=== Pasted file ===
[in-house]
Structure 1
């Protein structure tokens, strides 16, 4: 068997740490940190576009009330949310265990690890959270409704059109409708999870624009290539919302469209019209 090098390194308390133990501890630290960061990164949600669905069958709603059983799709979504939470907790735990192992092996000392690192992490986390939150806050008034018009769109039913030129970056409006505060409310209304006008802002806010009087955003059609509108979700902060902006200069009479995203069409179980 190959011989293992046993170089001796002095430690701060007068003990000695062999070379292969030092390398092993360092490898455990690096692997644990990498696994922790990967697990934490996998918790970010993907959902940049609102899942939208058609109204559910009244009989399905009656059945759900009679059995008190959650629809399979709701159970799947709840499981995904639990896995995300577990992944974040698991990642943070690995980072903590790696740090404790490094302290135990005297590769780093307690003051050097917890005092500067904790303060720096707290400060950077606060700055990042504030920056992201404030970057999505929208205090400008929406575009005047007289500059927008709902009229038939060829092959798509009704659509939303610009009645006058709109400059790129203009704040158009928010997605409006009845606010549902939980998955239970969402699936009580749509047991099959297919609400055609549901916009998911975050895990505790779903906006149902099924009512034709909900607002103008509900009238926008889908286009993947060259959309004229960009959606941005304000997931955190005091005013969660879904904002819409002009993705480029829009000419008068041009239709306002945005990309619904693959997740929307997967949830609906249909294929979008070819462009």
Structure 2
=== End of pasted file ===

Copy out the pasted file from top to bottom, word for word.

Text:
[in-house]
Structure 1
């Protein structure tokens, strides 16, 4: 068997740490940190576009009330949310265990690890959270409704059109409708999870624009290539919302469209019209 090098390194308390133990501890630290960061990164949600669905069958709603059983799709979504939470907790735990192992092996000392690192992490986390939150806050008034018009769109039913030129970056409006505060409310209304006008802002806010009087955003059609509108979700902060902006200069009479995203069409179980 190959011989293992046993170089001796002095430690701060007068003990000695062999070379292969030092390398092993360092490898455990690096692997644990990498696994922790990967697990934490996998918790970010993907959902940049609102899942939208058609109204559910009244009989399905009656059945759900009679059995008190959650629809399979709701159970799947709840499981995904639990896995995300577990992944974040698991990642943070690995980072903590790696740090404790490094302290135990005297590769780093307690003051050097917890005092500067904790303060720096707290400060950077606060700055990042504030920056992201404030970057999505929208205090400008929406575009005047007289500059927008709902009229038939060829092959798509009704659509939303610009009645006058709109400059790129203009704040158009928010997605409006009845606010549902939980998955239970969402699936009580749509047991099959297919609400055609549901916009998911975050895990505790779903906006149902099924009512034709909900607002103008509900009238926008889908286009993947060259959309004229960009959606941005304000997931955190005091005013969660879904904002819409002009993705480029829009000419008068041009239709306002945005990309619904693959997740929307997967949830609906249909294929979008070819462009």
Structure 2